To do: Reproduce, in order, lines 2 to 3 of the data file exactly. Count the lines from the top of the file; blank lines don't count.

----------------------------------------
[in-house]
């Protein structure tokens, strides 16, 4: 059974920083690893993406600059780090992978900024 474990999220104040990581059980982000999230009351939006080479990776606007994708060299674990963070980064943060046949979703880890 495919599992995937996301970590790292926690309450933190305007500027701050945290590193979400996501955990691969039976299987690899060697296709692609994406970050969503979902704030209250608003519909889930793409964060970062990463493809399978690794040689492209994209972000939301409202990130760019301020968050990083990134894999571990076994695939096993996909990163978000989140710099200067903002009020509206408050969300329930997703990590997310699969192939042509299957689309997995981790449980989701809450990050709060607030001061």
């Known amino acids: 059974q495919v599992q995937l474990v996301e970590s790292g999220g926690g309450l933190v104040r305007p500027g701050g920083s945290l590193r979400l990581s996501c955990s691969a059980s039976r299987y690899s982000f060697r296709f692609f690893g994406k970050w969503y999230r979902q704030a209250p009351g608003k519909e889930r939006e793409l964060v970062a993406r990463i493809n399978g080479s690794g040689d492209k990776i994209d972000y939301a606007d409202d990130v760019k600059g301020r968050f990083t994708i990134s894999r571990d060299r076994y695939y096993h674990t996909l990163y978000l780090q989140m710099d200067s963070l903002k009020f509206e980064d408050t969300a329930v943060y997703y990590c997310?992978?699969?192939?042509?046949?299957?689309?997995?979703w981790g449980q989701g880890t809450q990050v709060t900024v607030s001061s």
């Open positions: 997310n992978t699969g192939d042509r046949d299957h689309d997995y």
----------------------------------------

């Protein structure tokens, strides 16, 4: 059974920083690893993406600059780090992978900024 474990999220104040990581059980982000999230009351939006080479990776606007994708060299674990963070980064943060046949979703880890 495919599992995937996301970590790292926690309450933190305007500027701050945290590193979400996501955990691969039976299987690899060697296709692609994406970050969503979902704030209250608003519909889930793409964060970062990463493809399978690794040689492209994209972000939301409202990130760019301020968050990083990134894999571990076994695939096993996909990163978000989140710099200067903002009020509206408050969300329930997703990590997310699969192939042509299957689309997995981790449980989701809450990050709060607030001061």
């Known amino acids: 059974q495919v599992q995937l474990v996301e970590s790292g999220g926690g309450l933190v104040r305007p500027g701050g920083s945290l590193r979400l990581s996501c955990s691969a059980s039976r299987y690899s982000f060697r296709f692609f690893g994406k970050w969503y999230r979902q704030a209250p009351g608003k519909e889930r939006e793409l964060v970062a993406r990463i493809n399978g080479s690794g040689d492209k990776i994209d972000y939301a606007d409202d990130v760019k600059g301020r968050f990083t994708i990134s894999r571990d060299r076994y695939y096993h674990t996909l990163y978000l780090q989140m710099d200067s963070l903002k009020f509206e980064d408050t969300a329930v943060y997703y990590c997310?992978?699969?192939?042509?046949?299957?689309?997995?979703w981790g449980q989701g880890t809450q990050v709060t900024v607030s001061s």